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East meets West for MoU
HEIDELBERG, Germany—Targeted toward the early detection of Alzheimer’s and Parkinson's diseases, Hummingbird Diagnostics GmbH of Heidelberg, Germany, and Shenzhen, China-based BGI have joined hands for a memorandum of understanding (MoU) aimed at establishing a broad collaboration of miRNA-based molecular diagnostic applications built on next-generation sequencing (NGS) technology. The actual agreement is expected to launch sometime in mid-2018.
A microRNA (miRNA) is a kind of short non-coding RNA—miRNAs play important roles in the regulation of molecular biological processes, and these nucleic acids may be used as biomarkers in the detection of disease.
The terms of the MoU, signed Dec. 6, 2017, call for the companies to jointly develop broad-spectrum targeted miRNA in-vitro diagnostic assays for Alzheimer’s and Parkinson’s diseases and other human pathologies based on Hummingbird’s expertise, sample preparation know-how, miRNA database and a pipeline using BGISEQ (BGI’s own NGS platform) with its advantages for miRNA sequencing. Furthermore, the companies agreed to cooperate in the field of wellness, fitness and aging-related questions in general.
The World Alzheimer Association estimates that 46.8 million people worldwide were living with dementia in 2015. This number will almost double every 20 years, reaching 74.7 million in 2030 and 131.5 million in 2050. There are over 9.9 million new cases of dementia each year worldwide, implying one new case every 3.2 seconds. The association’s report also shows that the current annual societal and economic cost of dementia is $818 billion, and it is expected to become a trillion-dollar disease in just three years’ time. The findings show that the cost of dementia has increased by 35 percent since the 2010 World Alzheimer Report estimated costs at $604 billion.
The Parkinson Association of the Carolinas reports that as many as one million Americans live with Parkinson’s disease, which is more than the combined number of people diagnosed with multiple sclerosis, muscular dystrophy and Lou Gehrig’s disease. Approximately 60,000 Americans are diagnosed with the disease each year, and this number does not reflect the thousands of cases that go undetected. An estimated seven to 10 million people worldwide are living with Parkinson’s. The combined direct and indirect cost of Parkinson’s, including treatment, social security payments and lost income from inability to work, is estimated to be nearly $25 billion per year in the United States alone.
“We are very excited to extend our long and very positive relationship with BGI,” said Prof. Andreas Keller, co-founder and chief scientific advisor of Hummingbird, as well as professor for clinical bioinformatics at Saarland University. “Working with a world-leading genomics company like BGI offers the unique opportunity to translate our miRNA research findings faster into personalized medicine, in the interest of patient care and human health management.”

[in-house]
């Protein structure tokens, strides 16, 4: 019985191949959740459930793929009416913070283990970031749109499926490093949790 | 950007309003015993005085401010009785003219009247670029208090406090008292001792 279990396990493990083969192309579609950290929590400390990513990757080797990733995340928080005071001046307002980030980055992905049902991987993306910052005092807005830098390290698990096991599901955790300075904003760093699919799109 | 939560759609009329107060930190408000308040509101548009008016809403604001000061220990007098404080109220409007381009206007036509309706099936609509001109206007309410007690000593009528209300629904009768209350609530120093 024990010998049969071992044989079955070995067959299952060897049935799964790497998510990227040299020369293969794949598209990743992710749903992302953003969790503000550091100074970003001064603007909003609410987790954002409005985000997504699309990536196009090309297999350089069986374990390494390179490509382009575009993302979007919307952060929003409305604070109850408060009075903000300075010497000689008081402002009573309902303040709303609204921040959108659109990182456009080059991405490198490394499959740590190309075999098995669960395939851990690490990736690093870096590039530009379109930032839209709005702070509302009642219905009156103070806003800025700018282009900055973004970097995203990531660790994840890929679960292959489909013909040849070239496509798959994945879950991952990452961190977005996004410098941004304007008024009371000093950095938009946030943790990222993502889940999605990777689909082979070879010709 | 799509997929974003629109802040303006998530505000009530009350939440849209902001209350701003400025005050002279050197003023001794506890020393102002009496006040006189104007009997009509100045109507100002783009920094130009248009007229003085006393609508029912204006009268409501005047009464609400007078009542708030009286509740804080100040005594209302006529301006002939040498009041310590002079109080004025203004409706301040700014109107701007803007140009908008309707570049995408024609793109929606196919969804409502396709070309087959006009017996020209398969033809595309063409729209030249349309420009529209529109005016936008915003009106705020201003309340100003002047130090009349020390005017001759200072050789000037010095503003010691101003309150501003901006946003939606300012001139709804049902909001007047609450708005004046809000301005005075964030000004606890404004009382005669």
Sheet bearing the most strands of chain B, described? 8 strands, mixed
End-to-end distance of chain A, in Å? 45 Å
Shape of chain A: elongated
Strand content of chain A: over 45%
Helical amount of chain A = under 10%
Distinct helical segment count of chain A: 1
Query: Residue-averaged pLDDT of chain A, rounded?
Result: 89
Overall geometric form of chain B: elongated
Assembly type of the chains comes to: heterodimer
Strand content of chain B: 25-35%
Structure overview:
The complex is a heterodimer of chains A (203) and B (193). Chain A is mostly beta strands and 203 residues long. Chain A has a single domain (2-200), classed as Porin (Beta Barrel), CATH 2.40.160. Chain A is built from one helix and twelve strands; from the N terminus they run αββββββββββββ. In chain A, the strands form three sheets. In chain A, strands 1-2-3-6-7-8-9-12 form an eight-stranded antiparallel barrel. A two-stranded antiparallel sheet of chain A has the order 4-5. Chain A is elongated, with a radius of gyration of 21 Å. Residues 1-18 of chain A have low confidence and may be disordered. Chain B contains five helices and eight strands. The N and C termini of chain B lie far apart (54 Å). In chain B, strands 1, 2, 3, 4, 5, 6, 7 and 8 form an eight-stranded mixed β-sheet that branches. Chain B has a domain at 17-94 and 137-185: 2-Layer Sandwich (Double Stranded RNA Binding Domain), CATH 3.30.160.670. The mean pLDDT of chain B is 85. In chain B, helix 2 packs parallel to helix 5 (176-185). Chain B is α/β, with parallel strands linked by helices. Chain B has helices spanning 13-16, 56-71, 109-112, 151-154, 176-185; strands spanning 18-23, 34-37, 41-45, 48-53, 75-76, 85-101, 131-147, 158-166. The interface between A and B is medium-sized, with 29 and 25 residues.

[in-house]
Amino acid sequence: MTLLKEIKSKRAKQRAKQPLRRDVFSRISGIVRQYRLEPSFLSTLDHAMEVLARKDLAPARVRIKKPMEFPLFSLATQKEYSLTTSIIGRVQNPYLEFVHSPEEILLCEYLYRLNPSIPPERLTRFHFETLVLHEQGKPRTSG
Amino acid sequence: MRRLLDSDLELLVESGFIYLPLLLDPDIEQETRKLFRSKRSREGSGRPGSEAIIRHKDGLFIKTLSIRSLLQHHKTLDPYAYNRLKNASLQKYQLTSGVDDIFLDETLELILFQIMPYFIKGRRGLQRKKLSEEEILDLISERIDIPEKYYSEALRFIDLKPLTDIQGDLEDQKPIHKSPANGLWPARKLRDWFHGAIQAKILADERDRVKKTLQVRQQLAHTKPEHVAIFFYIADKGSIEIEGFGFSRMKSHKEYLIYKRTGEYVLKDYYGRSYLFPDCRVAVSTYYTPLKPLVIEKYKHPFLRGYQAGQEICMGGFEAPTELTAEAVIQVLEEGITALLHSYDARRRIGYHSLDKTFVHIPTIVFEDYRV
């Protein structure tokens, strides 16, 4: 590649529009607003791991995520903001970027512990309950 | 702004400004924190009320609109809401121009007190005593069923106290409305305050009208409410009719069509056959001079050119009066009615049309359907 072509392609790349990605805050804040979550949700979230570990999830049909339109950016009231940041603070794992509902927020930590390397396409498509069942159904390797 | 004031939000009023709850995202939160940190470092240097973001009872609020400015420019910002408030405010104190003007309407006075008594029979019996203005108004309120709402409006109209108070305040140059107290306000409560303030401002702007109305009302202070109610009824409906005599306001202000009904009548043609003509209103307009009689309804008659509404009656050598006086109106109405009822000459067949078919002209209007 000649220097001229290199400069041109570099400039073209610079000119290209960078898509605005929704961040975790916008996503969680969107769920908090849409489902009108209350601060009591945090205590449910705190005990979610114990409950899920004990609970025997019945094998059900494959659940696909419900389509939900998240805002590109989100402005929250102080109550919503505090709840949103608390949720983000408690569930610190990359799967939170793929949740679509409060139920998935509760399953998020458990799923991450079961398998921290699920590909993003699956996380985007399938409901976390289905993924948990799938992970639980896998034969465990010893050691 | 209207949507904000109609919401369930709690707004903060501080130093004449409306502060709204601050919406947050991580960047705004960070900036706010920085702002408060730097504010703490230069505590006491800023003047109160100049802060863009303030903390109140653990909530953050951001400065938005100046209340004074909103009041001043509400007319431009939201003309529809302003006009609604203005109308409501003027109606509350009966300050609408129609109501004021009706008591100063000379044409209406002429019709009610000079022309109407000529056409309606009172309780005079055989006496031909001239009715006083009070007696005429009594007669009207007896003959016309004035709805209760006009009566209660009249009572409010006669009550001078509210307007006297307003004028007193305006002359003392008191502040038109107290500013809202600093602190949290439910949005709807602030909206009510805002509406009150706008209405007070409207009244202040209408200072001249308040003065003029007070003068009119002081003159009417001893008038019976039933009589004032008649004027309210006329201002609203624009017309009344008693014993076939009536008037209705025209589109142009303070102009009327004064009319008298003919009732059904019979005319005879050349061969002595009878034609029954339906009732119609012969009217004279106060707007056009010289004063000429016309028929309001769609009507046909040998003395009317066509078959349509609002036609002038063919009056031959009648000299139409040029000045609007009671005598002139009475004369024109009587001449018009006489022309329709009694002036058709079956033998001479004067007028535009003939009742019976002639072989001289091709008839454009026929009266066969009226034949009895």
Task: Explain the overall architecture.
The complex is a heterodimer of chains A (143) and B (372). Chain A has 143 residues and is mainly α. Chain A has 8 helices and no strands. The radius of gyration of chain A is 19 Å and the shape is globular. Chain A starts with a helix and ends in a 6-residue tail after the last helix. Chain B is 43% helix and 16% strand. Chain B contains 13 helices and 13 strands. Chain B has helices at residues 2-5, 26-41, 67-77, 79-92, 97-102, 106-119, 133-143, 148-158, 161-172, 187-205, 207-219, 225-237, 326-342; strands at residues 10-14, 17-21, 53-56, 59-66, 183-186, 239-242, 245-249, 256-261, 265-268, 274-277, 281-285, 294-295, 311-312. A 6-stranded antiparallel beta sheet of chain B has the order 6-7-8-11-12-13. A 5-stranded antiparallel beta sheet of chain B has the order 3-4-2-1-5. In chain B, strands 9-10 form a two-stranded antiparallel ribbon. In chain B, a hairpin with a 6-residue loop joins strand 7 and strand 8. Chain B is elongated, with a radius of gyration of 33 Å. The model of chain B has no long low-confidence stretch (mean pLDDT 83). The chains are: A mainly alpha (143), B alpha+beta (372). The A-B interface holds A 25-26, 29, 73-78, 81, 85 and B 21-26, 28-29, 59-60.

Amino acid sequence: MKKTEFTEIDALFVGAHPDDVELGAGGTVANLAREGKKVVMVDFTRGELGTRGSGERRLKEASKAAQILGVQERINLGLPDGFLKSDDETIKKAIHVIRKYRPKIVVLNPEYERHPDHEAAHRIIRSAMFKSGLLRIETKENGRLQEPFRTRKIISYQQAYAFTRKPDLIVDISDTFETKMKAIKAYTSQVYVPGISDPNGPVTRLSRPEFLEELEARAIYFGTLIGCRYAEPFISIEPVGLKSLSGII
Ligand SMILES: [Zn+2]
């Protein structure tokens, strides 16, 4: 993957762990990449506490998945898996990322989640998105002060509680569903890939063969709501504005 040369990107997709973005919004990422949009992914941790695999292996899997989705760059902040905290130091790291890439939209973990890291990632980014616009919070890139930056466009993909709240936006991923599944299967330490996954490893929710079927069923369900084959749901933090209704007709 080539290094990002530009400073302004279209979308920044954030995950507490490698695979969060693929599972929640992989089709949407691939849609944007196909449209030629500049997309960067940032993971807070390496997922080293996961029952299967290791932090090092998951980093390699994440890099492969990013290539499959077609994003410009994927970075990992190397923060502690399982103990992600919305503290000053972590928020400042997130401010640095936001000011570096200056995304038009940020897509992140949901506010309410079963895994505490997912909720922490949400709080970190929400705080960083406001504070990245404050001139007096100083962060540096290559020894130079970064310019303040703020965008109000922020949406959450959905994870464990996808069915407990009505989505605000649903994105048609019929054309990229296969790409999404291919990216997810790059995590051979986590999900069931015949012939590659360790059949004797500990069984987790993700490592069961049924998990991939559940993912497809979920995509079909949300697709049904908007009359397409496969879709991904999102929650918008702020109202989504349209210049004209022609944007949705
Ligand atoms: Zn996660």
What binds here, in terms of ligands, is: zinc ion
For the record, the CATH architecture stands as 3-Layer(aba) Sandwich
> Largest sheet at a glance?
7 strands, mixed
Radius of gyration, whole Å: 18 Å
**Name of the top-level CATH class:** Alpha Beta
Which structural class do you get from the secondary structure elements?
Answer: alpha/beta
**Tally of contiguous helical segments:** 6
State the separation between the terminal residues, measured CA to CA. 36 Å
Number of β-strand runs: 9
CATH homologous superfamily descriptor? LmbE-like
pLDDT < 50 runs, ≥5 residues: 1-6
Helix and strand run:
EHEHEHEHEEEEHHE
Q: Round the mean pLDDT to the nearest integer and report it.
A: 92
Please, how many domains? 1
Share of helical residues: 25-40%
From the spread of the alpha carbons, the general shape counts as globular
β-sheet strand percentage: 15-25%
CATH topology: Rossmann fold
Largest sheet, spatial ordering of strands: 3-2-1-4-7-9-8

Jochen Kohlhaas, CEO of Hummingbird Diagnostics, added, “For an aging population as a global challenge, there is a growing impetus towards early diagnosis for neurodegenerative diseases such as Alzheimer’s and Parkinson's diseases. Working with BGI, the largest global genome research center and sequencing specialist, offers the possibility to advance miRNA-based diagnostics for high throughput.”
Further details are confidential until the agreement is actually completed, according to Hummingbird.
The stage appeared set for the Hummingbird/BGI MoU with Hummingbird’s Nov. 14, 2016, announcement of a comprehensive framework agreement with Saarland University regarding an expanded collaboration in the field of molecular diagnostics.
The collaboration will focus on validating miRNA biomarkers in blood samples, which could enable early detection of diseases such as lung cancer, chronic obstructive lung disease and Alzheimer’s and Parkinson's diseases.
Saarland’s project partners are the Department of Human Genetics and the Chair of Clinical Bioinformatics in Germany, while Hummingbird Diagnostics has maintained long-standing research collaborations with both of their directors, Keller (Clinical Bioinformatics) and Dr. Eckart Meese (Human Genetics).
Since 2009, the two miRNA experts have been working together successfully in projects involving several disease areas, according to a Hummingbird press release. This partnership resulted in more than 60 scientific publications—including in the journal Nature Methods—as well as a multitude of patents.
The vice president of Saarland University, Prof. Dr. Martina Sester, stated, “With Hummingbird Diagnostics, we acquired an excellent partner, enabling us to translate the outstanding research of Keller and Meese into clinical applications, thus generating significant future benefit for many patients.”
Keller remarked in a press release that, “We know Hummingbird Diagnostics as an innovative and reliable partner with unique expertise in miRNA biomarkers from body fluids. Therefore, we are pleased to further expand the collaboration, allowing us to validate our research results and translate them into clinical practice.”
Hummingbird and Saarland intend to study at least 5,000 samples from patients with pulmonary diseases, Parkinson’s disease and Alzheimer’s. The framework agreement covers the procedures of their collaborative projects and dictates utilization of results, publications, software and intellectual property rights. Hummingbird acquired rights in eight additional patents under this framework as well.